A lot of people are left behind when the 'new real' demands ways of life they can not keep up with. Small traders, wage earners, vendors, freelancers and all such people have lost their earnings but have to buy food, medicine, essential items and information technology services. In most countries, except welfare economies, stimulus packages given to stimulate demand mainly support the supply side actors - those who dominate production and services pulling huge money from the market.
Unless income sources are created during and after the current crisis, it's hard to predict how long most people would be able to buy essential commodities and services. If majority can't earn, how would they spend to help the market forces to survive?
Around $6.5 trillion in household wealth has reportedly disappeared in the US since the start of the pandemic. It's a global crisis period when collective US billionaire wealth has surged by more than $584 billion. The BBC's media editor Amol Rajan, in a Guardian article, has termed the process "the biggest asymmetry of knowledge, wealth and power in the history of our species".
Repercussion is also there. 'People living in wealthier nations feel isolated and vulnerable in a way they have not felt for generations', finds a new study 'World in Crisis' carried out by Singapore-based Blackbox Research.
Opinion leaders foresee birth of a new world soon but don't say how that would stop the one-way flow of money. Despite certain disillusionment in the West, the same model of widening wealth disparity is being applied in countries like ours. Somehow, society, too, refrains from raising strong questions.
Blackbox founder David Black has one answer: "There is a growing realisation that political and business leaders are short on long-term answers, and "community" is now a term more likely associated with social media than social cohesion."
Most of the problems that are visible today are not new but the Codid-19 has arrived as a decisive moment perhaps to unfold a turning point of history. Old system is about to scramble but new one is yet to be dreamt of, for bringing changes required.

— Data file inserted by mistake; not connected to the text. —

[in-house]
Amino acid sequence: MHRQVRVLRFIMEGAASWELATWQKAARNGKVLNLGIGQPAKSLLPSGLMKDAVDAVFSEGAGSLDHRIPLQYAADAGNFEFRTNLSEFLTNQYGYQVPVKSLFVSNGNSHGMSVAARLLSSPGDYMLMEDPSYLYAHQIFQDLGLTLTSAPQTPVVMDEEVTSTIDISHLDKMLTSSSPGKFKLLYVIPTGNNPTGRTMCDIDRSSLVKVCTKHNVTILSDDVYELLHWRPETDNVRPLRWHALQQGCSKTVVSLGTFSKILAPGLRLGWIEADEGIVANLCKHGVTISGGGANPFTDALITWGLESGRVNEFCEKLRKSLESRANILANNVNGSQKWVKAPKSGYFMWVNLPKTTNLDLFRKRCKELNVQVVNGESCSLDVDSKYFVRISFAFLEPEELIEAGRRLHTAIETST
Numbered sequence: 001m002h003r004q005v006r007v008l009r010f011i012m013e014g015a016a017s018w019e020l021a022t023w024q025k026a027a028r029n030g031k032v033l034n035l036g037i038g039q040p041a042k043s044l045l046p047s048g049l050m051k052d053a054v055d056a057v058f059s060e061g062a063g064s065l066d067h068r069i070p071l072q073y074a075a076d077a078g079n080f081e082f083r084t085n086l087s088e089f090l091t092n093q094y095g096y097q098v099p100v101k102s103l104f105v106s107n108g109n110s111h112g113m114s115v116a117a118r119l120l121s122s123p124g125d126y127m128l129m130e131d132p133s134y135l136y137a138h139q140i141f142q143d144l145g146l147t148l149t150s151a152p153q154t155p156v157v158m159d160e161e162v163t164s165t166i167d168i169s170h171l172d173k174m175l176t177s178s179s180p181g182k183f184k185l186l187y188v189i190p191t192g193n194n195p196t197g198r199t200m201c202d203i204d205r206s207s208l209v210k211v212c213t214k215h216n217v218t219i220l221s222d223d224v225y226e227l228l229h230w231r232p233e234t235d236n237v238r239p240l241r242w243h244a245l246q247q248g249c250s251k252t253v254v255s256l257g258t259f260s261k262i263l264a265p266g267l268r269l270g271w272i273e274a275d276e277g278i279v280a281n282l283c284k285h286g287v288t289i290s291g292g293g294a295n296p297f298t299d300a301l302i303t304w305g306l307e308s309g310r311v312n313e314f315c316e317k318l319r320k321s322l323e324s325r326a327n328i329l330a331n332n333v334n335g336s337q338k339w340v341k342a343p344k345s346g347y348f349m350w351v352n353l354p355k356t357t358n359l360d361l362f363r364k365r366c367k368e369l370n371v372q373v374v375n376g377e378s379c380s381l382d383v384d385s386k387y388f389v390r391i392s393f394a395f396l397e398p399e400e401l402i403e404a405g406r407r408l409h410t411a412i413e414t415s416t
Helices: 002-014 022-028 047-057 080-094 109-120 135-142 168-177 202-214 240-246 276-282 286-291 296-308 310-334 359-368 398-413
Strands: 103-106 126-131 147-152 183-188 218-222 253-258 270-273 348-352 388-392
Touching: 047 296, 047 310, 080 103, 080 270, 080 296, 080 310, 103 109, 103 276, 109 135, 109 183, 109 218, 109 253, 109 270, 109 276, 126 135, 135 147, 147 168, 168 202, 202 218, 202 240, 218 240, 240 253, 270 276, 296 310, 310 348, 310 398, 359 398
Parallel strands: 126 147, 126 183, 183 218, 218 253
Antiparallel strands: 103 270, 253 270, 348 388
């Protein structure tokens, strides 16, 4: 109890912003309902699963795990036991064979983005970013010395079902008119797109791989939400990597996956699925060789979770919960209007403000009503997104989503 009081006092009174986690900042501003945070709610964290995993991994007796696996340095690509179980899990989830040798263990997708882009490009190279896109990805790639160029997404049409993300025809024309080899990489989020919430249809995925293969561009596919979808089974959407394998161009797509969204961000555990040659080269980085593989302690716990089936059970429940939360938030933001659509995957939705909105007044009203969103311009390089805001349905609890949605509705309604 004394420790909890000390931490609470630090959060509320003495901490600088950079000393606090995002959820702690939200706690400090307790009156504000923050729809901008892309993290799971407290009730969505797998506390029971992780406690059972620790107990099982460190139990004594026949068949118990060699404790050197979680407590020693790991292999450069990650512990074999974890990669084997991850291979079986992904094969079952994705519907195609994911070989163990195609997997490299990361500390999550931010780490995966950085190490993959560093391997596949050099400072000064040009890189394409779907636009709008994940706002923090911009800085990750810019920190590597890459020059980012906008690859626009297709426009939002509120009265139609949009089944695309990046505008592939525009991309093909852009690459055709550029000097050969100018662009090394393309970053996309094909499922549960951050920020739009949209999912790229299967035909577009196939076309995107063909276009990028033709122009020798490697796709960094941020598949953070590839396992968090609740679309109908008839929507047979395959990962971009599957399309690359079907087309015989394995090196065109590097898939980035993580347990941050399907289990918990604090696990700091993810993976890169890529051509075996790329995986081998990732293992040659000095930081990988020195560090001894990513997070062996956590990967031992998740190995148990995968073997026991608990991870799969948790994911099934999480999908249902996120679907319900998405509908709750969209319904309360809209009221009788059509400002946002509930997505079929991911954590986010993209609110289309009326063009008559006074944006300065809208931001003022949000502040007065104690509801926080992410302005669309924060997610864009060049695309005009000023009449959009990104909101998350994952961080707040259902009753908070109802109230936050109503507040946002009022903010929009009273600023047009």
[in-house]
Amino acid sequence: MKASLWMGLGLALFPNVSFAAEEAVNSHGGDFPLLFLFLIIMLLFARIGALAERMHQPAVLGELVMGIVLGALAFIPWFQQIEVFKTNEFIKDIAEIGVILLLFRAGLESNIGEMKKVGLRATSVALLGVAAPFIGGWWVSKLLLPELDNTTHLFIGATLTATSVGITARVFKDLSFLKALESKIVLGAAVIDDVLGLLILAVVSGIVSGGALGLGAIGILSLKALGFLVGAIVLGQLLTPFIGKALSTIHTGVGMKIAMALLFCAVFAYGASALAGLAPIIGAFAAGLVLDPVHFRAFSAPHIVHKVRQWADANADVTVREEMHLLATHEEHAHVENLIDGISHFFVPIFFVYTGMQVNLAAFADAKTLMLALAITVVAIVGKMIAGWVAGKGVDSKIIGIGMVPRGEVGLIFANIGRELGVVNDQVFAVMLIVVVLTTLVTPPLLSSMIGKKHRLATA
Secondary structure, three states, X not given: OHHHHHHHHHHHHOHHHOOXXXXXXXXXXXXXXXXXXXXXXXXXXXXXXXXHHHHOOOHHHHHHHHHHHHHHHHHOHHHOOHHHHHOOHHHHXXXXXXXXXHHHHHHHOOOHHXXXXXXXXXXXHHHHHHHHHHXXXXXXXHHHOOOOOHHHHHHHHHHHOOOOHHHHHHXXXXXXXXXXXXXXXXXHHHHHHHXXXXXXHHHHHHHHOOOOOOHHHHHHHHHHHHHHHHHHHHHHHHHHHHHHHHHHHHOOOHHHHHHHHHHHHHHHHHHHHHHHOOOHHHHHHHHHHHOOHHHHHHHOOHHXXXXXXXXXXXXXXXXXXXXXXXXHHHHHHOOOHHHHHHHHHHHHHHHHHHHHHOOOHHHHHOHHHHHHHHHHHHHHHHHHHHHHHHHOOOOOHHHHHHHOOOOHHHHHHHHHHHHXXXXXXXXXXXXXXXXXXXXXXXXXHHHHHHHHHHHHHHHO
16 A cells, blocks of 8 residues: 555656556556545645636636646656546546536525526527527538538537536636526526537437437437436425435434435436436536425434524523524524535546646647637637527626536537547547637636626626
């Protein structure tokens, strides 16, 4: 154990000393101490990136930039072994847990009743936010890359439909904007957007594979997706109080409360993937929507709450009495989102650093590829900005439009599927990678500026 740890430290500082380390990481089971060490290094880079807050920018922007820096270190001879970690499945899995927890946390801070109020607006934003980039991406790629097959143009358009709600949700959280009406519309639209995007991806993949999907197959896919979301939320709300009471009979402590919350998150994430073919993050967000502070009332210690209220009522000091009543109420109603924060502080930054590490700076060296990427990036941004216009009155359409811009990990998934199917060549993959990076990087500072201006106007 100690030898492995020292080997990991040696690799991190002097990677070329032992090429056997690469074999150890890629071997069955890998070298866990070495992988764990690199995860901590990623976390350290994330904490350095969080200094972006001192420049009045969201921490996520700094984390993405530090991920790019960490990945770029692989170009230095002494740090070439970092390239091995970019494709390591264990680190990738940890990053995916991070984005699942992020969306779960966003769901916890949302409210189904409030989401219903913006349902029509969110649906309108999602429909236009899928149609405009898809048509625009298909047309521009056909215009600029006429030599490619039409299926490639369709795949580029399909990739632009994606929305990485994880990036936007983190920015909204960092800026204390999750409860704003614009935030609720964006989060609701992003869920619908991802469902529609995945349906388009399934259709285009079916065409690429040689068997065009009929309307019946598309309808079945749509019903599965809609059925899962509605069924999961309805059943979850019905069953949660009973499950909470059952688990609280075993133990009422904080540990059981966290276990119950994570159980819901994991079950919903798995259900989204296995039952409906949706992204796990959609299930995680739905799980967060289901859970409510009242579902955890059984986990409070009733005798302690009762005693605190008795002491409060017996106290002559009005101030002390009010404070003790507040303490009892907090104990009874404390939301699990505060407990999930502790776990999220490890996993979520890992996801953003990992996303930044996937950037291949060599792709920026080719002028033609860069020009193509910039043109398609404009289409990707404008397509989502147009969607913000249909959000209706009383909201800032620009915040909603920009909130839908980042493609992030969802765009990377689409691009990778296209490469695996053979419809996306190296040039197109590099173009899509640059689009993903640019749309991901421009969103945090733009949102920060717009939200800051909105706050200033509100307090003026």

Conventional players are advocating solution, out of old thinking. Foreign Affairs journal, in a new article 'The Committee to Save the World Order', calls for the US allies to step up when America steps down from continuing international leadership role. These are nine democracies that account for one-third of world GDP (gross domestic product). Other big powers have also started asserting their position on the global scene but such process, too, excludes many other stakeholders.
There are hardly any talks of redistribution of resources, domestically, let alone internationally. Still, for the third world leaders, the 'global affair' is, as if, a matter of the developed nations. In an article titled 'The new world disorder', The Economist has observed that the virus not only calls for global solutions, like treatments and vaccines, but it also aggravates local insecurity.
The countries like Bangladesh are not just lagging behind technologically advanced, wealthy nations but also facing their domestic crises in providing opportunities to, say, informal sector workers, and remittance earners who are all jobless, as well as a vast number of the poor.
Externally, the underdeveloped world couldn't take any action against tech giants for unfair market play unlike the fines imposed by the European Union or alternative web platforms floated by China. The real divider, according to the Guardian article, is speed. "Innovation is fast and unpredictable. Regulation is slow and consensual."
Banking on education and adopting new technology, counties including Bangladesh could have readied their youth bulge to compete internationally when developed nations are burdened with old populations. Instead, there is an unfortunate disconnect - we have no in-depth knowledge of what the Bangladeshi youth aspire and how their views can be accommodated.